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Write me a Letter

Write me a Letter

Titel: Write me a Letter
Autoren: David M Pierce
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Parton, autumn leaves, and bygone days, but I didn’t. Evonne, I didn’t even think of it.
    When I had all the legitimate details I thought I might need from her jotted down safely in my memo pad (courtesy M. Martel, Stationers), I escorted her to the door. She said she’d call later in the week if there was any change of plan. I said she could call anyway, just to say hello, merely to hear a friendly voice, if she wanted. She declined my offer to chase up or call a cab for her, saying she had some shopping to do before returning to the hospital. She held out one dainty hand. I took it gingerly in my big mitt. She laid her other hand atop mine as gently as a goosedown feather settling on black velvet, gave me her tremulous smile again, and then she was gone.
    I went back inside.
    The office looked shabby suddenly... but then it always did.
    I looked at the six hundred dollars in traveler’s checks she’d signed over to me.
    I looked at the chair in which she had so briefly reposed. I thought I could detect an elusive, lingering trace of her perfume still in the air. What an enchanting woman, to put it mildly, what a vision of incredible loveliness. And she was tall, too, of course. Great beauty of person requires that one should be tall, shorties can’t cut it, Aristotle wrote, although maybe not in those exact words. Would I ever see her again? Who knew what tricks impish Fate had yet in store up his tattered sleeve for V (for Victor) Daniel.
    I had but one slight twinge of unease, of regret—too bad she was so full of shit.

2

    Don’t get me wrong.
    I didn’t suspect Ruth Braukis of being the biggest liar since the Big Bad Wolf merely because she was stunningly beautiful, although lesser males might be so inclined. That sort of juvenile, chauvinistic prejudice I eradicated from my character eons ago—to be precise, last Tuesday morning just before lunch. Believe me, I had other reasons for my suspicions.
    Lew Lewellen was a film producer. Was it likely a film producer would send Valentine’s cards to anyone except himself, let alone a college sweetheart from thirty years ago? And I could have been wrong but didn’t I vaguely remember Lew’s wife telling me once Lew had never even finished high school let alone got into a university. And all that stuff about uncles and Estonia and kidney machines, really. I may be gullible, especially when violet eyes are batting my way, but even I have my limits.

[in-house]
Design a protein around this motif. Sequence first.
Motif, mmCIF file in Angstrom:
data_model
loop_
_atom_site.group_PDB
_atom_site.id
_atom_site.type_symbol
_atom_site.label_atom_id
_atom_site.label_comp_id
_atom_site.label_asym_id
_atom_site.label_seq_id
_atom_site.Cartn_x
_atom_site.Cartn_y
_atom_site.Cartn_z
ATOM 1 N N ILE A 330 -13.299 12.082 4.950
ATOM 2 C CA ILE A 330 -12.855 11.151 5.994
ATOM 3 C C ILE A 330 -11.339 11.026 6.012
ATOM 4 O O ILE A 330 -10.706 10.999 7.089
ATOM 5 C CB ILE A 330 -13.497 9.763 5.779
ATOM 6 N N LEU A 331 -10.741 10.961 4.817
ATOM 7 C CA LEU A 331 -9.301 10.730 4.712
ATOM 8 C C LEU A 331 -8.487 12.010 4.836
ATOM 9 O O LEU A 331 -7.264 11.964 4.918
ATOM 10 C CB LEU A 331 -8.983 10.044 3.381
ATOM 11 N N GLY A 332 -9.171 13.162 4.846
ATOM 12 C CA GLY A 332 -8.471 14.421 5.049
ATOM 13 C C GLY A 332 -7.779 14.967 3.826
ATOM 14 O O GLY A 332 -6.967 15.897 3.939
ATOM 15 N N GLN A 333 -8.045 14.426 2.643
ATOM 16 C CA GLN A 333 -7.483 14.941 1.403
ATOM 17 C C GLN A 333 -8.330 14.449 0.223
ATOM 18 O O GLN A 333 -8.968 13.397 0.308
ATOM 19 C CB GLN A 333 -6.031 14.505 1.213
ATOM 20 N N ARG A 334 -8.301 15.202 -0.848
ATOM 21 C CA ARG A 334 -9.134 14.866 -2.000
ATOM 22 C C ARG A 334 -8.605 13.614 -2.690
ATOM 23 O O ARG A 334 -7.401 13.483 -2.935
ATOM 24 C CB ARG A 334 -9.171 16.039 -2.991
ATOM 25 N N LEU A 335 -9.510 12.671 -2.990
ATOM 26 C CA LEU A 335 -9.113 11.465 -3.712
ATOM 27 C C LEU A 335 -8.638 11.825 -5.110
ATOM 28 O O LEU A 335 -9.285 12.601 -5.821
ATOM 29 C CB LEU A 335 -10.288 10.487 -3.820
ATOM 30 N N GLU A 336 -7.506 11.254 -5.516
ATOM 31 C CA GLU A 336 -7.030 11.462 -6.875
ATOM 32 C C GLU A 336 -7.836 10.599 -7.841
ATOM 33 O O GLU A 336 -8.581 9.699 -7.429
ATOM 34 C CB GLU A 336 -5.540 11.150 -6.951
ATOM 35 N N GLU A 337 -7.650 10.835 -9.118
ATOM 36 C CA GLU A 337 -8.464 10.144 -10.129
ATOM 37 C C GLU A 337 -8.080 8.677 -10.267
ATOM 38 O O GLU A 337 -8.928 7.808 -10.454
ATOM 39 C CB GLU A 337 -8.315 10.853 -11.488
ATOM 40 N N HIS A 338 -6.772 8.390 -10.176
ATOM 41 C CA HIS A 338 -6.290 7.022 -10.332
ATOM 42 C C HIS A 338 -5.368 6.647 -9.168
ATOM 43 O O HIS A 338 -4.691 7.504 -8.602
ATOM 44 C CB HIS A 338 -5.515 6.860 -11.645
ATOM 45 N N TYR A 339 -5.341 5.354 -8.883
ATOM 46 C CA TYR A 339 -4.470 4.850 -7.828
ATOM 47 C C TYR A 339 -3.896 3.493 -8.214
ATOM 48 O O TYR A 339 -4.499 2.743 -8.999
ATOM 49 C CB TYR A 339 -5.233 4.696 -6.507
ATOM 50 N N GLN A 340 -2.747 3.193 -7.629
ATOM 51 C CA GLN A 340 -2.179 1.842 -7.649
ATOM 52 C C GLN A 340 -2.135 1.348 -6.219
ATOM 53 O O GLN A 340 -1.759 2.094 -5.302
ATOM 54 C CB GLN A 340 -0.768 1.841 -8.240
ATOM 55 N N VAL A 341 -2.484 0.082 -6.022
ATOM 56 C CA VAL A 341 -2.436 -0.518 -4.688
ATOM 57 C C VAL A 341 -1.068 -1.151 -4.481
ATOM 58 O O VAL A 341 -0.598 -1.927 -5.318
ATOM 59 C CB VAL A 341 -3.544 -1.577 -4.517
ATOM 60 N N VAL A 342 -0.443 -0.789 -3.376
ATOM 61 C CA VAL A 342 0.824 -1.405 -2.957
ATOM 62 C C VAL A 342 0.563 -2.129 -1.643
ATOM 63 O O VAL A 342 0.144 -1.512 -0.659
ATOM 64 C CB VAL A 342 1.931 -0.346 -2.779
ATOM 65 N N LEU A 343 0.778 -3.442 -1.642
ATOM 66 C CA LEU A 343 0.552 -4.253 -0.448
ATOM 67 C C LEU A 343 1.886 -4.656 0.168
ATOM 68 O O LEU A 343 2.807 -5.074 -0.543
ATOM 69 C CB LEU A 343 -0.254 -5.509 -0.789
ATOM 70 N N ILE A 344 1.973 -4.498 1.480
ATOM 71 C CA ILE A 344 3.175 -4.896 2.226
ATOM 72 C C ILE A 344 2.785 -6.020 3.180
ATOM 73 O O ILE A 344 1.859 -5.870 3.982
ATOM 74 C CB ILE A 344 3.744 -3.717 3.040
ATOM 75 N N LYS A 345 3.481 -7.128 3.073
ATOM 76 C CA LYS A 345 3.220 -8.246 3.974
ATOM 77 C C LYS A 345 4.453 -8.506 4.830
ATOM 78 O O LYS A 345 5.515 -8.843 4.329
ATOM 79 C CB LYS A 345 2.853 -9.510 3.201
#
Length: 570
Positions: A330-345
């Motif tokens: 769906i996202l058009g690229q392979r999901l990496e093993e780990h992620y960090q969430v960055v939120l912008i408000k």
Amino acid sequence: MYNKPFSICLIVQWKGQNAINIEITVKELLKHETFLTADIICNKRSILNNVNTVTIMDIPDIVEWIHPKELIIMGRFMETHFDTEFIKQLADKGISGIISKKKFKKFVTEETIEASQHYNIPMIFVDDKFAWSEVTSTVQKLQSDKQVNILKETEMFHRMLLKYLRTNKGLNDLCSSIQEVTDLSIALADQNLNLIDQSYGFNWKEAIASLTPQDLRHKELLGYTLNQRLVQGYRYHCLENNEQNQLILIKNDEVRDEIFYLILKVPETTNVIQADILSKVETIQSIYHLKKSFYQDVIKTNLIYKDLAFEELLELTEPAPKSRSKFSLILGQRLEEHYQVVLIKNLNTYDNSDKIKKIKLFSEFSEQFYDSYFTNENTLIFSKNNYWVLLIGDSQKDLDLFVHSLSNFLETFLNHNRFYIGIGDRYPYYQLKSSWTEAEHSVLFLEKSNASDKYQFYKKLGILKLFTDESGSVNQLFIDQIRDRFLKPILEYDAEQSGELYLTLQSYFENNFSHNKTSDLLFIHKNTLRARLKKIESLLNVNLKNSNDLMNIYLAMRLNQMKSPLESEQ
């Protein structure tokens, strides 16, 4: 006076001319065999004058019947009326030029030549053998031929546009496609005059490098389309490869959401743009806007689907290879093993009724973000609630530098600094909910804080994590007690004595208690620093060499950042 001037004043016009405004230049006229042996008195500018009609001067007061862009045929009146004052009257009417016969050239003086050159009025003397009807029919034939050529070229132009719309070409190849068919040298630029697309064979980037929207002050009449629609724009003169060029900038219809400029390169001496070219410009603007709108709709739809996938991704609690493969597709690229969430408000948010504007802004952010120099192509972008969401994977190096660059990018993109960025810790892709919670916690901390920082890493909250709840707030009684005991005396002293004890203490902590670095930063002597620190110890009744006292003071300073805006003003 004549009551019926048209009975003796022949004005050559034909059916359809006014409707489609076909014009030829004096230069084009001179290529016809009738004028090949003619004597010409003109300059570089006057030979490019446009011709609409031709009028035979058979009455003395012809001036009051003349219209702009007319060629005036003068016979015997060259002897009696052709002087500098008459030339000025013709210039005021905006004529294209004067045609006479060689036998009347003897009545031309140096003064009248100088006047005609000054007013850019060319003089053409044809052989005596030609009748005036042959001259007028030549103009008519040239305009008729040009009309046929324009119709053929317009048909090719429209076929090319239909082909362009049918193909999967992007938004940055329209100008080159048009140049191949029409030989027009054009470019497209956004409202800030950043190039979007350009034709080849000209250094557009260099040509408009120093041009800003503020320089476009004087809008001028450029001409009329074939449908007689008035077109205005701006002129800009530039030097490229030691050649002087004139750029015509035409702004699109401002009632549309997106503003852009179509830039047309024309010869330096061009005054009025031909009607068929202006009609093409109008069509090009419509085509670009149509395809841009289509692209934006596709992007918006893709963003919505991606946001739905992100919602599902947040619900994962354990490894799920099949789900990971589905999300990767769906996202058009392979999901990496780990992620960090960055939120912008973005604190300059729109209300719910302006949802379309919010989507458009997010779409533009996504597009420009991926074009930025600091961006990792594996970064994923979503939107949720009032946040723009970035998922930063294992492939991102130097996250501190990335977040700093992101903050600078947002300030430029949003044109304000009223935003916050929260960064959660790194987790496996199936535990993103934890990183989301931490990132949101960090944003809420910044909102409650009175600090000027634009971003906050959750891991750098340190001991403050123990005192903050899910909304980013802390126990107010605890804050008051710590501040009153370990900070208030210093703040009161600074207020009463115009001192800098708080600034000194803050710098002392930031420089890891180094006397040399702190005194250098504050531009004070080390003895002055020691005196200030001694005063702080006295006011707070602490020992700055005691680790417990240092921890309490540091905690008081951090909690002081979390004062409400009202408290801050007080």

First thing I did of course was to call up the Lewellens. A pretty senorita I’d seen several times at Lew’s but whose name I couldn’t recall answered, and after I’d said it was me, she said the Lewellens were away for the weekend and could she take a message. I said, ”No, gracias,” and hung up.
    Away for the weekend, eh? A likely story. No doubt Mrs. Lewellen had so instructed her minion to say if I called as she was too nice to lie to me directly. And was Monday, which day it was, a part of the weekend anyway? Not even in Beverly Hills it wasn’t. So what was going on? How and why were my old friends the Lew Lewellens involved? Curious, eh, amigos?
    I called the Fairfax Hotel; there was no one by the name of Ruth or June Braukis registered. Well, conceivably Ruth was staying in her mom’s room and conceivably mom had a girlfriend roommate as double rooms are cheaper than two single rooms and conceivably the room was registered in her mom’s girlfriend’s name, if you are still conceivably with me, so then I called Kaiser, and guess what, no Mummy there, either.
    Then I called up Uncle Teddy in Lafayette or thereabouts. No answer. Then, just to see if there was any truth at all in Ruth’s tissue of fibs, I phoned TWA. Lo and behold there was a flight arriving daily from New York at 3:44 p.m., which was some small progress, although toward what, who knew? Then, just for a giggle, I took down my Reader’s Digest World Atlas from the small shelf of reference books that hung a mite lopsidedly between the Armenian beauties and the fire extinguisher to see if there still was an Estonia . There was, south across the icy floes from Helsinki .
    I looked fondly at the loving dedication inside the front cover of the atlas: ”God knows where ya came from. Maybe this’ll help ya figure out where you’re goin’. Luv, Sara. XXX.”
    Luv, Sara. What a twerp. Sara was a punk poetess I helped out once in a while, God knows why, by giving her some easy chore to do and then giving her big bucks for doing

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